Gin was the beverage of choice for naval officers, and was found to be a good way to entice sailors to get their anti-scurvy citrus wedge (prompting the nickname “Limey”). The alcohol percentage had to provide “proof” that the onboard explosives would still ignite even if they were as gin-soaked as the crew (sounds so safe, doesn’t it?) Plymouth is the leading gin mentioned in the prestigious Savoy Cocktail book, was named for the first Dry Martini, and is the only local gin to have the equivalent of an appellation controlee (as do wines from various French regions).

Part of the tour took us to a tasting room, where we experienced not only the standard gin, but the sloe gin liqueur made by Plymouth. We also systematically experienced a variety of raw flavorings that give this gin its unique taste: juniper berries, cardamom, lemon and orange rinds, and more. After the tour, we stayed in the building for lunch at a restaurant run by well-known chefs The Tanner Brothers.

Our second day in town was devoted to boat and living tasks. First, though, we walked around the harbor area, stopping to see the many plaques to famous journeys which began or ended in Plymouth. Of course, there’s a nod to the Mayflower. There’s a plaque to commemorate the American seaplane NC4 which made the first transatlantic flight in 1919. There’s another to mark the departure of settlers to the doomed colony of Roanoke.

In the marina, someone had tied a bucket low on the floating dock and filled the bucket with water. Swans were dabbing their beaks into the bucket and lapping up a drink. Our presence nearby didn’t faze them a bit.

Finally, it was time to cross some items off of our list. We replaced the broken boat hook we’d lost to sailing, and tried to convert money from United Kingdom pounds to United Kingdom pounds. Scottish pounds are printed by Scottish banks, and have the bank’s name on them. Northern Ireland has its own bank names and illustrations on the currency.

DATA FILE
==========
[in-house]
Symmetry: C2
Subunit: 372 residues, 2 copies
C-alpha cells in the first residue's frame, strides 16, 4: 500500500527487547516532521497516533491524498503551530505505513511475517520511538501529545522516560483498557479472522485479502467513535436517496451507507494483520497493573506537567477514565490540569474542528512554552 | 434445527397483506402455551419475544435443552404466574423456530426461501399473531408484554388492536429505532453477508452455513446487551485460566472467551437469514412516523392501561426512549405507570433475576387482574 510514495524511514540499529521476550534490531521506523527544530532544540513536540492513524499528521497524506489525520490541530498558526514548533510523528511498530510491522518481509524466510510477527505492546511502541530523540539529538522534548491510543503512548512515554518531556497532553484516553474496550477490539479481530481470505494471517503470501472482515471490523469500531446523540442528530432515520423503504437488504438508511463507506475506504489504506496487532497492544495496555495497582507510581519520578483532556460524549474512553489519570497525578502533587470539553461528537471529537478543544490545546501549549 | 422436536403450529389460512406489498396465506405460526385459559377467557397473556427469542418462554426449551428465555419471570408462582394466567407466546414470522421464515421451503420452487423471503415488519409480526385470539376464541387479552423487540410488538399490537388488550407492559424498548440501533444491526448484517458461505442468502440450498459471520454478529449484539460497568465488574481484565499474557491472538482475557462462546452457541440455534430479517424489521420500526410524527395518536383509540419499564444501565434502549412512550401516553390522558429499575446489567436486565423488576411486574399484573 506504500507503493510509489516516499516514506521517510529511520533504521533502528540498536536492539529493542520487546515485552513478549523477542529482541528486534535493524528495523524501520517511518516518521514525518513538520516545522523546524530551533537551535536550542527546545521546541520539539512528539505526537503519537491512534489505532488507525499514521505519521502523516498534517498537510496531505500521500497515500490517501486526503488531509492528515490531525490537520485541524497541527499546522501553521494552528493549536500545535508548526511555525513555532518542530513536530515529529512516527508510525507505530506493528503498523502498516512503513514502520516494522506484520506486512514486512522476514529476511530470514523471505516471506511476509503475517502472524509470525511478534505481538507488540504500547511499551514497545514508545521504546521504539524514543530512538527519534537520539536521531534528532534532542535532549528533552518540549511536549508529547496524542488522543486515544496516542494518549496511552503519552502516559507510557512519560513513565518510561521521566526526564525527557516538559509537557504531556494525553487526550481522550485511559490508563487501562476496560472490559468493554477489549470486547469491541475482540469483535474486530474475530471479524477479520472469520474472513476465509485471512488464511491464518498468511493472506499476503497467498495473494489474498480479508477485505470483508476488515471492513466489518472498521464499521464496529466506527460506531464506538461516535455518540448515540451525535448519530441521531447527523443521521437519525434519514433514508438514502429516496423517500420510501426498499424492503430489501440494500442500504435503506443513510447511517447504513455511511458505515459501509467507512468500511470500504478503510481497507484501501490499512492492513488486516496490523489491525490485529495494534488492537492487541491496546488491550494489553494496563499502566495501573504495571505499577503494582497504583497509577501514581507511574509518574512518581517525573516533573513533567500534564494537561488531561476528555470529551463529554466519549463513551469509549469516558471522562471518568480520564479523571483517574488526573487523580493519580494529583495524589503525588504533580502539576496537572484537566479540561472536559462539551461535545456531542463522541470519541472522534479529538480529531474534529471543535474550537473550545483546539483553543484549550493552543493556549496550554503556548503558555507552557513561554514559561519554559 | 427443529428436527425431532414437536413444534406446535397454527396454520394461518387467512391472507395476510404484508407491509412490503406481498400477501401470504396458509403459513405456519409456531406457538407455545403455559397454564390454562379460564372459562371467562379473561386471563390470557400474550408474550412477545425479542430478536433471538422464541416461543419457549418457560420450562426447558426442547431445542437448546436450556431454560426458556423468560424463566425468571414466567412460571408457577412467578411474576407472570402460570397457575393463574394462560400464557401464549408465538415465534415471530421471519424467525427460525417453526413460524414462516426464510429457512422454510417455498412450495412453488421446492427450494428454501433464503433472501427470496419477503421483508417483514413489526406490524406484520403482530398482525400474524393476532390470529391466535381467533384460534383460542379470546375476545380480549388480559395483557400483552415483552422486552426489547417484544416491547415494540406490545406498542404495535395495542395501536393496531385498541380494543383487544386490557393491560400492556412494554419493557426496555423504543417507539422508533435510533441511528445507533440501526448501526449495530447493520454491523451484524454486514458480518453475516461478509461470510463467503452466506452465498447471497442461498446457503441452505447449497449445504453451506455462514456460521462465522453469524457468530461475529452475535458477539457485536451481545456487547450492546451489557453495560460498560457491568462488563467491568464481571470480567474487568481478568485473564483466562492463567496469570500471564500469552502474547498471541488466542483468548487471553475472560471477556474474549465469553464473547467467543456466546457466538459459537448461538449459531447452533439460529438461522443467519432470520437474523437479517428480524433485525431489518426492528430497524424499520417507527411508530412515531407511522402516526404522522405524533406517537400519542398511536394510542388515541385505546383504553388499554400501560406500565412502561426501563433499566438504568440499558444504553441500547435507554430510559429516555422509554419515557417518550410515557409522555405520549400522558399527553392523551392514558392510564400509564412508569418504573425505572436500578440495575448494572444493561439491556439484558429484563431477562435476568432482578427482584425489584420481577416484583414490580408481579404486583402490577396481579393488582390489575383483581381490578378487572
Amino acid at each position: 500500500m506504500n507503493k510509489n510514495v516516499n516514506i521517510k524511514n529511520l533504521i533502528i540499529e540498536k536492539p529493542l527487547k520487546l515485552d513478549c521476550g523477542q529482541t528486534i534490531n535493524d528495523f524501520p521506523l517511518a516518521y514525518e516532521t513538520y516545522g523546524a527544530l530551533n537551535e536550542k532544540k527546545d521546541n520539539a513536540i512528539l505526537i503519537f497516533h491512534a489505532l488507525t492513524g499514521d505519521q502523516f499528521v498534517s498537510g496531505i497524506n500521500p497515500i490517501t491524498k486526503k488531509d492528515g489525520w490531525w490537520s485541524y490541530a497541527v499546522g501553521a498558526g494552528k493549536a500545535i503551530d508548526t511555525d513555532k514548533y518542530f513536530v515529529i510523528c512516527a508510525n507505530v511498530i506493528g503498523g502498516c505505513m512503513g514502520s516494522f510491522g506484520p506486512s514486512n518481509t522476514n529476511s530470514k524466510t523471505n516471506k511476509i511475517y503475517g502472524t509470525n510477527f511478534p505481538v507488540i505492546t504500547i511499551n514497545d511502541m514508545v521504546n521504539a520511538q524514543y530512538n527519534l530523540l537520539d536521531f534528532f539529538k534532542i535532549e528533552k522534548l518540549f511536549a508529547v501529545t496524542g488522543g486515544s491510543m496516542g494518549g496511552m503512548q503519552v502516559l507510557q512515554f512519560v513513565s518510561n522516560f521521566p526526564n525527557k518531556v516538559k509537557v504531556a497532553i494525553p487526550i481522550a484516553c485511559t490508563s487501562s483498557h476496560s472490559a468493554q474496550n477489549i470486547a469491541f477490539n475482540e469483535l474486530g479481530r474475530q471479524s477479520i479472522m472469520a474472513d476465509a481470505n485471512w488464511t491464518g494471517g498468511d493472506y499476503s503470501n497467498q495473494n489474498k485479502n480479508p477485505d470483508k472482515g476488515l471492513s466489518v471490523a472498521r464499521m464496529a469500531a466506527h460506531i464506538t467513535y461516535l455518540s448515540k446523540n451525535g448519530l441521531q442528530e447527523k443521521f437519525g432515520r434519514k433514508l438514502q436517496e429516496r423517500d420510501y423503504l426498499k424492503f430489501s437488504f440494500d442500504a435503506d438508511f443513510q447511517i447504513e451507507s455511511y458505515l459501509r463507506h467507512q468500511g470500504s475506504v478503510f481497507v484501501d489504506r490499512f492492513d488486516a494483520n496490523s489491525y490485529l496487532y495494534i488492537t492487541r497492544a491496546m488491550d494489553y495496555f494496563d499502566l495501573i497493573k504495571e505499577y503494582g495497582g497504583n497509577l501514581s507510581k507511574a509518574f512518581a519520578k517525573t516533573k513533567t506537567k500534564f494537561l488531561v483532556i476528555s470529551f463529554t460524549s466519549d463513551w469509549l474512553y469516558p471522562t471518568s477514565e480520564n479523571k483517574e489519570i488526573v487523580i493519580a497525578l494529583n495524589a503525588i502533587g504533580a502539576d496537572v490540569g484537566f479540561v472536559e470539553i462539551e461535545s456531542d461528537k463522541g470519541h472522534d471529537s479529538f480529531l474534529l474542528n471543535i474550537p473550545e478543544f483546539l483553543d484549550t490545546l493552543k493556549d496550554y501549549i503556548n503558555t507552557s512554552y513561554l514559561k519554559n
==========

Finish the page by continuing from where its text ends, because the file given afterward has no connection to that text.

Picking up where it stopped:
We’d been warned not to get too many pounds in Scotland, because English merchants wouldn’t recognize them or accept them. It isn’t as though one country’s currency is tied to that of another country, like Bahamian dollars are to US dollars. It’s more like French merchants not taking Italian euros. We didn’t think that it would be a problem, but we managed to use up our Scottish money in Northern Ireland (also part of the UK) without any trouble. When we had to draw cash in Northern Ireland, we kept it to a minimum, but we left the country with about 60 pounds (or about $100) in cash.

It became obvious right away that the local merchants on the English coast were stupefied by this currency. Maybe the money was more familiar in the northernmost part of the country, but this paper was worthless scrip around here. We decided to go to a bank and ask them to swap the bills for us.

The Royal Bank of Scotland seemed like a good first stop; at least they’d be empathetic. They said that they wouldn’t change the bills for us and suggested, “Why don’t you try the Post Office? They change money.” We went to the Post Office a few doors down. They turned us away, suggesting that we convert the bills at a bank. I was reminded of a commercial where a kid wants a loan. He goes to a bank. The banker says, “I’m not a charity.” He goes to a nun, presumably at a charity of some sort. She says, “I’m not your father.” Finally, dejected, he goes to his father, who says, “I’m not a bank.” I don’t remember where the kid finally got his loan. It might have helped us now.

We tried another bank, HSBC. This was a really foreign bank, so I was optimistic. We learned that we could only change the notes there if we had an account. Art contemplated opening an account just to swap the bills and then closing it again next week. And then we remembered that we actually have an HSBC account that we once needed to open in Malta. Alas, we had no identification, but we could come back tomorrow with some proof of our Maltese identity. The HSBC person suggested that we visit the Thomas Cook travel agency and currency exchange across the street. Luckily, all of these places were steps from one another.